Elizabeth Warren, the bankruptcy specialist who issued a report on where the funds are going, did an interview with Terry Gross yesterday.   Warren is basically a consumer advocate, and so much of the interview expressed her indignation that the fund is focusing on keeping banks afloat, but not attending to the problem of foreclosures.  Warren is eloquent, if somewhat hyperbolic, about the tragic consequences of a wave of foreclosures on both the foreclosees and their neighbors.

How easy it is to address foreclosures, however, depends on what the reason is for the foreclosure.  Are people missing payments because changed circumstances mean that they can't afford them, or are people missing payments because they don't want to make payments on a house that was worth $500,000 when they bought it, but is now worth $300,000?

That's actually a complicated question, because many people bought a house they couldn't really afford on the assumption that rising markets would give them the equity to refinance into a mortgage they could afford.  This turned out to be a bad bet.

But people with ARMs are not, by and large, actually in the position of having suddenly seen their interest rate jump by double-digits.  They're in the position of having seen their interest rate go from a low teaser to a still pretty low adjustable rate.  The interest rate indices generally used to set ARM payments are actually quite low right now, though of course, the rates are often lagged.  Still, the problem is not that people got caught out by surprisingly high rates.

That leaves us with two questions:  how low a rate are we willing to provide in order to produce a workout?  And what if the problem is, as even some liberal commentators are arguing, that people don't want to make payments on a house where the value has dropped by half?

I don't think that the US government can provide price protection against falling home values, for several reasons.  The first is the moral outrage.  It's one thing to help people who got caught out by bad life circumstances by reducing a crushing interest rate, especially when the government has, as now, such low borrowing costs.  It is quite another thing entirely to simply give someone tens of thousands of dollars in home equity on an unaffordable house they bought without any substantial downpayment.  Are those people going to be allowed to profit from their heavily subsidized houses if the market recovers?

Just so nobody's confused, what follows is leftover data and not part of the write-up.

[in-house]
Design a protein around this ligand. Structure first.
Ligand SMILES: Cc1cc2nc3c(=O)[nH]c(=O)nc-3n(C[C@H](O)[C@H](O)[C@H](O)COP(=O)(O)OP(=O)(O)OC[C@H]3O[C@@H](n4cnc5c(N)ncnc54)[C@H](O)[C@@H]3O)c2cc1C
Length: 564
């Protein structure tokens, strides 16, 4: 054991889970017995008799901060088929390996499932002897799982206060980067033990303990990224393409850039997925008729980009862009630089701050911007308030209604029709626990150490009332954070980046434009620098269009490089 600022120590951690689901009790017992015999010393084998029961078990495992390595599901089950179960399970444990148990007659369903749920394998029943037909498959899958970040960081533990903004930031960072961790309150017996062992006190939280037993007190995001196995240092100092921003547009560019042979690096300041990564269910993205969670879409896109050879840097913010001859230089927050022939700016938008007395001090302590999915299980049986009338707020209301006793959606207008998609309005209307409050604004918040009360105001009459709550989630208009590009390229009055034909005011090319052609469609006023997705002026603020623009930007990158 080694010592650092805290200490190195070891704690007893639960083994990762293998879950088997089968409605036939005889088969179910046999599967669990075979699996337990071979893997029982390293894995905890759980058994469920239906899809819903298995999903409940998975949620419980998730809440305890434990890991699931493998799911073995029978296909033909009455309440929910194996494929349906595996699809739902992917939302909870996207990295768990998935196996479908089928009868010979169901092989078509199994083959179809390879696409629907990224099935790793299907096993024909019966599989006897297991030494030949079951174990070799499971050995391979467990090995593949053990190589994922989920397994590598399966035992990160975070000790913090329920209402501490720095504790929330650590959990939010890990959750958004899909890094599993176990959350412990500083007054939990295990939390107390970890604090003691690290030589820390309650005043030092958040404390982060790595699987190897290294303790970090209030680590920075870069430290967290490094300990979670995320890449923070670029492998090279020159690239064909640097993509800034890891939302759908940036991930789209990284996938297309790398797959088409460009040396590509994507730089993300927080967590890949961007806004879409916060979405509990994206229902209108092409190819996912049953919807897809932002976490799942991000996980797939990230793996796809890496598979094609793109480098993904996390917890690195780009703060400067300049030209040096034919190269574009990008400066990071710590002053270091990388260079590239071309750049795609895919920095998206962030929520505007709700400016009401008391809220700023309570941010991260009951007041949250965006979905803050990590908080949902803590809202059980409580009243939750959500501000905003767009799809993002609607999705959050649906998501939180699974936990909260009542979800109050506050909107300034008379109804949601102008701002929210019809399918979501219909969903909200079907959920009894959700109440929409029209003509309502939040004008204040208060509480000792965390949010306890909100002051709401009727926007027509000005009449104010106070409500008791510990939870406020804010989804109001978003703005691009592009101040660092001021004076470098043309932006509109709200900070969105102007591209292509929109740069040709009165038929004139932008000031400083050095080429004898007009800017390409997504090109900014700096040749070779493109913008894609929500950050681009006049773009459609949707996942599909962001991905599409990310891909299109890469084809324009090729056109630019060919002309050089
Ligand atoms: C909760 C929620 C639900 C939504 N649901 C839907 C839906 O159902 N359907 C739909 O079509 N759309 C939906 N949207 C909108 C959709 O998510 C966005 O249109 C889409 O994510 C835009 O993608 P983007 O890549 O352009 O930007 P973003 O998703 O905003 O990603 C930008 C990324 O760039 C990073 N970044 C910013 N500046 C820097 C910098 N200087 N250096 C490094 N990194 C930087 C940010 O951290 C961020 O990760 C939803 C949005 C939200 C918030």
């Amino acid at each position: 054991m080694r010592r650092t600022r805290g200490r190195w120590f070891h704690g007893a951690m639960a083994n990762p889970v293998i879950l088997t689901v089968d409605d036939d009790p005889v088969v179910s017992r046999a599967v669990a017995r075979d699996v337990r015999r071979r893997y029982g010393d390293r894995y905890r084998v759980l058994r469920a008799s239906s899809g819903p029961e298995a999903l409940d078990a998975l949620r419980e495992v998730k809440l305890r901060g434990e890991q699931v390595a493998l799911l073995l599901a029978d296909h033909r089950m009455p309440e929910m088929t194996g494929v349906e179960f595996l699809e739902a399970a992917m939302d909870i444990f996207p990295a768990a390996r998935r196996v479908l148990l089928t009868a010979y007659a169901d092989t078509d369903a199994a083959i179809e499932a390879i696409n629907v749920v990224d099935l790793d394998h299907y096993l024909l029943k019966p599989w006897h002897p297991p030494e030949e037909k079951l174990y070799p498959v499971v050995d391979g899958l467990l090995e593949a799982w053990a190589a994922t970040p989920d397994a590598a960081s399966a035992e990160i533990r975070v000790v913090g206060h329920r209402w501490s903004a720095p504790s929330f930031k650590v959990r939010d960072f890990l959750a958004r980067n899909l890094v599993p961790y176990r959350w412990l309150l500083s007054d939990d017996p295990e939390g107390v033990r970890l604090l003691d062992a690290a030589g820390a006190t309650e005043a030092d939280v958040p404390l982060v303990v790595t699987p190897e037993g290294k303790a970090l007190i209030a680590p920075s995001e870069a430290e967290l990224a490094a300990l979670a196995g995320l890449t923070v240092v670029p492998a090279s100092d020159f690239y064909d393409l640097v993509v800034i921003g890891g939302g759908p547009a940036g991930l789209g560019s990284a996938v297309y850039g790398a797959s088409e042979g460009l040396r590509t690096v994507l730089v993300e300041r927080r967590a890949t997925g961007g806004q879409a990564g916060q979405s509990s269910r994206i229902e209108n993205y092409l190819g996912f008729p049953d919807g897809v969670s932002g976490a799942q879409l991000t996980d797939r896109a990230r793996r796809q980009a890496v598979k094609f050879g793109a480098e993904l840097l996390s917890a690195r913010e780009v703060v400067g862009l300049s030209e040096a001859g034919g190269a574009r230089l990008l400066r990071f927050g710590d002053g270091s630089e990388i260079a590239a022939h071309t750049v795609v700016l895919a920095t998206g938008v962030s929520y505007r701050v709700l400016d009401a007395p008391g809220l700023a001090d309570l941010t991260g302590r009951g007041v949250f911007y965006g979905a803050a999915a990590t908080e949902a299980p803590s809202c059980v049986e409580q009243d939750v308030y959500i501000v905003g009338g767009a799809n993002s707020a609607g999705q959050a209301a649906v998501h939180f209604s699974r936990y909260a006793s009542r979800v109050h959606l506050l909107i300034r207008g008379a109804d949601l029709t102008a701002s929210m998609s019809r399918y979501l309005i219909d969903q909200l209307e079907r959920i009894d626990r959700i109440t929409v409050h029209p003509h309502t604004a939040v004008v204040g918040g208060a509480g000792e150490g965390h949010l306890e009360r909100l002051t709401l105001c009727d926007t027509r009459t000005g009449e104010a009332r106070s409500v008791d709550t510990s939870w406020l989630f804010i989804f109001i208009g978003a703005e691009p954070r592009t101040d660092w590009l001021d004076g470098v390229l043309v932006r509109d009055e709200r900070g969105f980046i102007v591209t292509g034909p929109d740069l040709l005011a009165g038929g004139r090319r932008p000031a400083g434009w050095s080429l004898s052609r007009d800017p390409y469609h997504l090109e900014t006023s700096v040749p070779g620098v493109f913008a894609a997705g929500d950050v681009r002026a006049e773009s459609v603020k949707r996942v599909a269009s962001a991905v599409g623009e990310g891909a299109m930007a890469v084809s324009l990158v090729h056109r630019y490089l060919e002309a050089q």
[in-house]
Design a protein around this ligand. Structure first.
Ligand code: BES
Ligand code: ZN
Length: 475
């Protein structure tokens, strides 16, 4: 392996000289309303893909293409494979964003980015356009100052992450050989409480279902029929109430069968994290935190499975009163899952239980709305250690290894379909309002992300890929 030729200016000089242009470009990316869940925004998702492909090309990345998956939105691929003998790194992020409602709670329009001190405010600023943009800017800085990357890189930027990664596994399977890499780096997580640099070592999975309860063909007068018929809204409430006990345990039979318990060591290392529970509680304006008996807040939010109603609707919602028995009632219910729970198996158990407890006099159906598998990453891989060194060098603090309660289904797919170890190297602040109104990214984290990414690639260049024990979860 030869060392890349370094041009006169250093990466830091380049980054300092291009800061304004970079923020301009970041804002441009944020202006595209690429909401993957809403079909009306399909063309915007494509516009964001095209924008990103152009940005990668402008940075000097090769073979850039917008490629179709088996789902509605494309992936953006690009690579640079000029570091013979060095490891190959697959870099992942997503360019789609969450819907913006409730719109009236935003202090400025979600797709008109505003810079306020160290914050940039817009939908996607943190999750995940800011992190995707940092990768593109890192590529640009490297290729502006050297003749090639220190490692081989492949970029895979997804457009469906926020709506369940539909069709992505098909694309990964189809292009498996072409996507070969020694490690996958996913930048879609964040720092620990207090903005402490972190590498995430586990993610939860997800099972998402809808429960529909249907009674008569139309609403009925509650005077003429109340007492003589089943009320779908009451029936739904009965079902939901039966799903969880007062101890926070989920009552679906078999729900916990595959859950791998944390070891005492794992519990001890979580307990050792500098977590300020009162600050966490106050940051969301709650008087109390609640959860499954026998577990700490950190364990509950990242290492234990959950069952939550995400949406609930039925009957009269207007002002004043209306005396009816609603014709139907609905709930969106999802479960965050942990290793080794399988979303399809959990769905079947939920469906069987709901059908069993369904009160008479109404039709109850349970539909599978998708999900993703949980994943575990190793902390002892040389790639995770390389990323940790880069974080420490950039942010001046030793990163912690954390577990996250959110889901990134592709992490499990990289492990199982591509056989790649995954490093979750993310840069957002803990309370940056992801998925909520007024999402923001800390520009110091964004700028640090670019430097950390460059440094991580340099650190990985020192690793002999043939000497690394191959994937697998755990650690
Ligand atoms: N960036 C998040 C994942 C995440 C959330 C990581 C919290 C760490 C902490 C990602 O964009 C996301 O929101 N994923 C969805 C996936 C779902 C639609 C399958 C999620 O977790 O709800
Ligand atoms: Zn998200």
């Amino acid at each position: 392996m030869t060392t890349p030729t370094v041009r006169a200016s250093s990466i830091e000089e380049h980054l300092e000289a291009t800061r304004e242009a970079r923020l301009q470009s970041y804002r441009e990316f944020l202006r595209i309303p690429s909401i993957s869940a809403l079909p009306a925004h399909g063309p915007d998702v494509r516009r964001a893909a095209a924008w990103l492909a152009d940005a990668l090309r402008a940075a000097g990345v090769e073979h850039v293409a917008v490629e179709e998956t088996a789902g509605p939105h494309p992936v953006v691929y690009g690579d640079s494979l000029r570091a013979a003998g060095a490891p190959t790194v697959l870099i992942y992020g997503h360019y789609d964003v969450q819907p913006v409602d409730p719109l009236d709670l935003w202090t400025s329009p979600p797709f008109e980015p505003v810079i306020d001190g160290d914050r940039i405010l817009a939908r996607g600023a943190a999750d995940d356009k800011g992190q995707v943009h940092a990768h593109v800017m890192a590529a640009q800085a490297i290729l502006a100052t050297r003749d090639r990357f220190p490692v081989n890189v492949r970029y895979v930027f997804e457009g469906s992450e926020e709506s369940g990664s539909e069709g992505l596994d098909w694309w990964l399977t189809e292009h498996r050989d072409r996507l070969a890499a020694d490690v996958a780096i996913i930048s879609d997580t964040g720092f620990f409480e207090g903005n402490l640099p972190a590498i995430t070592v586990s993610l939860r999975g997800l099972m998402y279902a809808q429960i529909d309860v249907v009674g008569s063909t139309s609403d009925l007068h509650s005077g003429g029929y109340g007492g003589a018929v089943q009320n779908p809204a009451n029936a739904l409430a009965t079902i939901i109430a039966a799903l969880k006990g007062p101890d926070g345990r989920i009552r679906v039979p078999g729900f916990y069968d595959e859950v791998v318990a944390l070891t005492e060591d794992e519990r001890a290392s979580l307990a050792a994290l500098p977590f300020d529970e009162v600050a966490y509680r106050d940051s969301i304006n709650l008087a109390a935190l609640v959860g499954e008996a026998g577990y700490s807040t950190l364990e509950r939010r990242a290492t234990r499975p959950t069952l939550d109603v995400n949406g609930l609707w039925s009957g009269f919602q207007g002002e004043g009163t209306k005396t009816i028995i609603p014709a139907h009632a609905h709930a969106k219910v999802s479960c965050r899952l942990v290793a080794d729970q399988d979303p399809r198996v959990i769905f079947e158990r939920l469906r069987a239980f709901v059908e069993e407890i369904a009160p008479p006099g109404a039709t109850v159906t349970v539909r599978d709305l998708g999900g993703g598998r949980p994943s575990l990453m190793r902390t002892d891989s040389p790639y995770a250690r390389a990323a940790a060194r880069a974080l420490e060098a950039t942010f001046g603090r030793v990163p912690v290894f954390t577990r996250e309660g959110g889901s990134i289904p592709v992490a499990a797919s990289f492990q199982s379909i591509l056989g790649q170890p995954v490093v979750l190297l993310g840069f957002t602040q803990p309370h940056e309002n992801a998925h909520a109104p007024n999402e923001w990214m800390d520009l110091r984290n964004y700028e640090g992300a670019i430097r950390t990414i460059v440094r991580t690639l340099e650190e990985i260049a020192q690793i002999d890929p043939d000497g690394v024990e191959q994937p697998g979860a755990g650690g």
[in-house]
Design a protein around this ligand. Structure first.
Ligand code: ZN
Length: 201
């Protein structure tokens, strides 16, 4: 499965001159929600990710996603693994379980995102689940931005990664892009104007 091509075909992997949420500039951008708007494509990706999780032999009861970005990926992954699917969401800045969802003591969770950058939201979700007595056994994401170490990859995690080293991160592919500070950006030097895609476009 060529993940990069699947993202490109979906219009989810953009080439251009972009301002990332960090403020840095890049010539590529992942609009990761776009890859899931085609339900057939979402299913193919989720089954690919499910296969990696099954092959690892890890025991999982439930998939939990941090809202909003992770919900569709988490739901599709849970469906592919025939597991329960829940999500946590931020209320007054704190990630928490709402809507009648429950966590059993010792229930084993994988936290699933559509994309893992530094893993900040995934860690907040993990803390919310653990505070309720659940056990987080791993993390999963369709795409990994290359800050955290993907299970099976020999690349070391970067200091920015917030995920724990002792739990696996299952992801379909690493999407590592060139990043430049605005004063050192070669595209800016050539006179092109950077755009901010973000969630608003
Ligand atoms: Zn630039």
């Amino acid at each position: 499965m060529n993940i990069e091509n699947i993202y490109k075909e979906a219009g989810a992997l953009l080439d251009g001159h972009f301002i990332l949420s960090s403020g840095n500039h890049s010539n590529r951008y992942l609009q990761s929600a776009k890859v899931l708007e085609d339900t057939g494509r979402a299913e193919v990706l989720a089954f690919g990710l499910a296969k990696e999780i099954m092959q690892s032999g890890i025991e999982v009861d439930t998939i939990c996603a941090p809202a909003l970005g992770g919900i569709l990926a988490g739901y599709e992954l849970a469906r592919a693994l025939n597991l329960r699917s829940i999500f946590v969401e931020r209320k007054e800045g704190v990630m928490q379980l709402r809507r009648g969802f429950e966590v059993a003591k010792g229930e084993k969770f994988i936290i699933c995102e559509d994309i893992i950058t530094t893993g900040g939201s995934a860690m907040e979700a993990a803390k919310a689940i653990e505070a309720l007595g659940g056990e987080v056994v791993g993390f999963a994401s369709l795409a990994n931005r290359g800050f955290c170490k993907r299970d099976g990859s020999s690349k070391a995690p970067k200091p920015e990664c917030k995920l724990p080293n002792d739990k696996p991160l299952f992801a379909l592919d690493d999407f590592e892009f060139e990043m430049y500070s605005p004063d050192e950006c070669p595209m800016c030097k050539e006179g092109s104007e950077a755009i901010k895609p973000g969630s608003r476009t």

People who bought homes they could afford, or people like me who rented because they thought housing was in a bubble, won't stand for it.  Especially since propping up those peoples' home values will not only require substantial tax contributions from me, but also make it harder for me to buy a house. 

But the other reason I don't think the government can deal with the falling equity problem is the sheer magnitude of it.  Check out this graph, which I stole from this site:

Slide1.png
The dotted green line is my contribution.  It suggests that there's a small rising trend since 1975, but that if houses revert to (optimistic) trend, the average price needs to fall back towards and inflation-adjusted $175,000.  That means at least another 15% price drop is in order.

Now for a less optimistic assessment:  look at house prices since 1890

Slide2.jpg
Again, the green lines and the associated commentary is mine.  What if we assume that the last major innovation in the housing market was the long-term amortizing mortgage, and that prices have to return to that trend?  That suggests an average of around $125,000.  Which means that house prices need to fall by about 40% to get back to their normal value.

Is that crazy?  Well, let's ask this question:  what happened in 1997 to make housing worth so much more?  You can't even blame credit scoring and securitization, which became big trends earlier in the decade.  It looks like a big, fat, credit bubble.  And while the government can manage the decline of a bubble, it can't keep us all collectively insane forever.

But say that credit scoring and securitization did make our houses worth somewhat more--say, $150,000 by enabling mortgages to new borrowers and thus expanding the market.  Let us further assume that the financial reforms we are being promised do not involve effectively outlawing securitization. That still leaves us with a long, long way to go.

Is the government going to guarantee approximately 70 million owner-occupied homes in America against a 25% price drop?  No, because that's $3.5 trillion dollars, if my mental arithmetic serves.  Or is it only going to give the money to the least responsible homeowners:  the ones with small (or no) downpayments, houses they could only afford at short-term teaser rates, and a long string of missed payments?  The numbers, and the political arithmetic, don't add up.  Indeed, any such program would positively encourage people to default, in order to get the government to cram down their loans. 

Perhaps the government could work out some program that allows shared participation in price appreciation after a cramdown, but I fear that would simply encourage people to get the cramdown, then sell into the down market--creating exactly the cascade that people are worried about with foreclosures. We may have found an industry that's too big not to fail.

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